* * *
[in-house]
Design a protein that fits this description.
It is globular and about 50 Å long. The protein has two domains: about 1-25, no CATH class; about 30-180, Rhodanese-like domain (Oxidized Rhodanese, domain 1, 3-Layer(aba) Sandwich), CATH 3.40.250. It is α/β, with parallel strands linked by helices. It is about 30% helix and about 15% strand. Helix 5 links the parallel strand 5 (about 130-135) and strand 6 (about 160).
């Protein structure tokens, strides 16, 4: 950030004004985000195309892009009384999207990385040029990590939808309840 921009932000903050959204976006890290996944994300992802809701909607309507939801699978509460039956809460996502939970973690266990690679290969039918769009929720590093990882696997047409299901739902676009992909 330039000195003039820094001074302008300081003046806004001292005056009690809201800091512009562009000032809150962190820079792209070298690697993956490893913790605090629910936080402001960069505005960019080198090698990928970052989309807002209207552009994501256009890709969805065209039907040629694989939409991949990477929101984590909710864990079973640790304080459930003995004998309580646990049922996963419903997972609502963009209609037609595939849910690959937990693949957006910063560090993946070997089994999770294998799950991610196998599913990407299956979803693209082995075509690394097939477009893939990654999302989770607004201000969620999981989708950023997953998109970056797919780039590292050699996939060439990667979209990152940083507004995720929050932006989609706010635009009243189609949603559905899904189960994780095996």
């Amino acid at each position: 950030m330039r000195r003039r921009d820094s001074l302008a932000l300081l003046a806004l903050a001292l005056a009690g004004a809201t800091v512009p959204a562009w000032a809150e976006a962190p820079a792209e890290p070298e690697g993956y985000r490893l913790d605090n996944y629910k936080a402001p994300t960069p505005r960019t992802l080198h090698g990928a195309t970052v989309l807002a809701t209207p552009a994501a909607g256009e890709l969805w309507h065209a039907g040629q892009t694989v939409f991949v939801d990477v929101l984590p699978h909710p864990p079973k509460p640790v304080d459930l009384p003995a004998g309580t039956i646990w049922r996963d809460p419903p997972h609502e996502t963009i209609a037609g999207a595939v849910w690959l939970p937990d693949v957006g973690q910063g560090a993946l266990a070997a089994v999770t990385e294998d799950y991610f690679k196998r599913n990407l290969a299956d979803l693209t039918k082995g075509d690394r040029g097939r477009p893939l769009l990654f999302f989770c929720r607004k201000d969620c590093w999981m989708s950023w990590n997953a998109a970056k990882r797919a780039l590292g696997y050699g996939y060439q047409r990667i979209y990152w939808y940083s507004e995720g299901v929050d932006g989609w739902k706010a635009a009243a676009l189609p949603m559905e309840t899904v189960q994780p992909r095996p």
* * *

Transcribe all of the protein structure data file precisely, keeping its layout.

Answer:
[in-house]
Design a protein that fits this description.
It is globular and about 50 Å long. The protein has two domains: about 1-25, no CATH class; about 30-180, Rhodanese-like domain (Oxidized Rhodanese, domain 1, 3-Layer(aba) Sandwich), CATH 3.40.250. It is α/β, with parallel strands linked by helices. It is about 30% helix and about 15% strand. Helix 5 links the parallel strand 5 (about 130-135) and strand 6 (about 160).
């Protein structure tokens, strides 16, 4: 950030004004985000195309892009009384999207990385040029990590939808309840 921009932000903050959204976006890290996944994300992802809701909607309507939801699978509460039956809460996502939970973690266990690679290969039918769009929720590093990882696997047409299901739902676009992909 330039000195003039820094001074302008300081003046806004001292005056009690809201800091512009562009000032809150962190820079792209070298690697993956490893913790605090629910936080402001960069505005960019080198090698990928970052989309807002209207552009994501256009890709969805065209039907040629694989939409991949990477929101984590909710864990079973640790304080459930003995004998309580646990049922996963419903997972609502963009209609037609595939849910690959937990693949957006910063560090993946070997089994999770294998799950991610196998599913990407299956979803693209082995075509690394097939477009893939990654999302989770607004201000969620999981989708950023997953998109970056797919780039590292050699996939060439990667979209990152940083507004995720929050932006989609706010635009009243189609949603559905899904189960994780095996």
């Amino acid at each position: 950030m330039r000195r003039r921009d820094s001074l302008a932000l300081l003046a806004l903050a001292l005056a009690g004004a809201t800091v512009p959204a562009w000032a809150e976006a962190p820079a792209e890290p070298e690697g993956y985000r490893l913790d605090n996944y629910k936080a402001p994300t960069p505005r960019t992802l080198h090698g990928a195309t970052v989309l807002a809701t209207p552009a994501a909607g256009e890709l969805w309507h065209a039907g040629q892009t694989v939409f991949v939801d990477v929101l984590p699978h909710p864990p079973k509460p640790v304080d459930l009384p003995a004998g309580t039956i646990w049922r996963d809460p419903p997972h609502e996502t963009i209609a037609g999207a595939v849910w690959l939970p937990d693949v957006g973690q910063g560090a993946l266990a070997a089994v999770t990385e294998d799950y991610f690679k196998r599913n990407l290969a299956d979803l693209t039918k082995g075509d690394r040029g097939r477009p893939l769009l990654f999302f989770c929720r607004k201000d969620c590093w999981m989708s950023w990590n997953a998109a970056k990882r797919a780039l590292g696997y050699g996939y060439q047409r990667i979209y990152w939808y940083s507004e995720g299901v929050d932006g989609w739902k706010a635009a009243a676009l189609p949603m559905e309840t899904v189960q994780p992909r095996p």